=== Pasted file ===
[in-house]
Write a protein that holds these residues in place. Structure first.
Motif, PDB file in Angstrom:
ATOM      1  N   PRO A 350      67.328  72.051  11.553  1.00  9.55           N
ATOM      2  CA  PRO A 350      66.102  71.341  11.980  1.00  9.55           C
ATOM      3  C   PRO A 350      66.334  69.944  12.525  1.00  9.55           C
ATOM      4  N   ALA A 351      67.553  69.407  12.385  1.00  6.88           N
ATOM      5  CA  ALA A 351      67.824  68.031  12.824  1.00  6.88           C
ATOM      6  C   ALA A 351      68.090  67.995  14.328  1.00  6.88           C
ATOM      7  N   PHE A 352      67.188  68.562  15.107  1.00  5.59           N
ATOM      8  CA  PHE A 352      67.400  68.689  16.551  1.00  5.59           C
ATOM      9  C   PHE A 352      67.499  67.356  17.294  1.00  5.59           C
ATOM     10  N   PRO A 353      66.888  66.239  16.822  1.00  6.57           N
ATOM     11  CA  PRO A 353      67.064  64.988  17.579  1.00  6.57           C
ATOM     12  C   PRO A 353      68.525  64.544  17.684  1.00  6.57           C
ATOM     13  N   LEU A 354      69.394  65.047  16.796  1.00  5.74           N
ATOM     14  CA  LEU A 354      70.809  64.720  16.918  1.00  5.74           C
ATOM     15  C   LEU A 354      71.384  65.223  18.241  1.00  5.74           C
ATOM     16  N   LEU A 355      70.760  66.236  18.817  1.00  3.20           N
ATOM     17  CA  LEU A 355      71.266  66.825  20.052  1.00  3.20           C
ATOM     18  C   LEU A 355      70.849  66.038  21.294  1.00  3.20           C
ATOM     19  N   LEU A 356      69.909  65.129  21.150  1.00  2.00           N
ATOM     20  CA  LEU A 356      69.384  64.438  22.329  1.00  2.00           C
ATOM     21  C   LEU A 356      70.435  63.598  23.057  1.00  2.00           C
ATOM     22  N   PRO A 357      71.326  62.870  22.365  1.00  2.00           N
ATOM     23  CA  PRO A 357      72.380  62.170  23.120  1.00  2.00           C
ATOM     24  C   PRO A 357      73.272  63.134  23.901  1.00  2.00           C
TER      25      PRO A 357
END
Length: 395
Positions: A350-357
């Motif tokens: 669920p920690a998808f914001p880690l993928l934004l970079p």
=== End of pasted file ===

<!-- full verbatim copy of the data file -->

[in-house]
Write a protein that holds these residues in place. Structure first.
Motif, PDB file in Angstrom:
ATOM      1  N   PRO A 350      67.328  72.051  11.553  1.00  9.55           N
ATOM      2  CA  PRO A 350      66.102  71.341  11.980  1.00  9.55           C
ATOM      3  C   PRO A 350      66.334  69.944  12.525  1.00  9.55           C
ATOM      4  N   ALA A 351      67.553  69.407  12.385  1.00  6.88           N
ATOM      5  CA  ALA A 351      67.824  68.031  12.824  1.00  6.88           C
ATOM      6  C   ALA A 351      68.090  67.995  14.328  1.00  6.88           C
ATOM      7  N   PHE A 352      67.188  68.562  15.107  1.00  5.59           N
ATOM      8  CA  PHE A 352      67.400  68.689  16.551  1.00  5.59           C
ATOM      9  C   PHE A 352      67.499  67.356  17.294  1.00  5.59           C
ATOM     10  N   PRO A 353      66.888  66.239  16.822  1.00  6.57           N
ATOM     11  CA  PRO A 353      67.064  64.988  17.579  1.00  6.57           C
ATOM     12  C   PRO A 353      68.525  64.544  17.684  1.00  6.57           C
ATOM     13  N   LEU A 354      69.394  65.047  16.796  1.00  5.74           N
ATOM     14  CA  LEU A 354      70.809  64.720  16.918  1.00  5.74           C
ATOM     15  C   LEU A 354      71.384  65.223  18.241  1.00  5.74           C
ATOM     16  N   LEU A 355      70.760  66.236  18.817  1.00  3.20           N
ATOM     17  CA  LEU A 355      71.266  66.825  20.052  1.00  3.20           C
ATOM     18  C   LEU A 355      70.849  66.038  21.294  1.00  3.20           C
ATOM     19  N   LEU A 356      69.909  65.129  21.150  1.00  2.00           N
ATOM     20  CA  LEU A 356      69.384  64.438  22.329  1.00  2.00           C
ATOM     21  C   LEU A 356      70.435  63.598  23.057  1.00  2.00           C
ATOM     22  N   PRO A 357      71.326  62.870  22.365  1.00  2.00           N
ATOM     23  CA  PRO A 357      72.380  62.170  23.120  1.00  2.00           C
ATOM     24  C   PRO A 357      73.272  63.134  23.901  1.00  2.00           C
TER      25      PRO A 357
END
Length: 395
Positions: A350-357
């Motif tokens: 669920p920690a998808f914001p880690l993928l934004l970079p």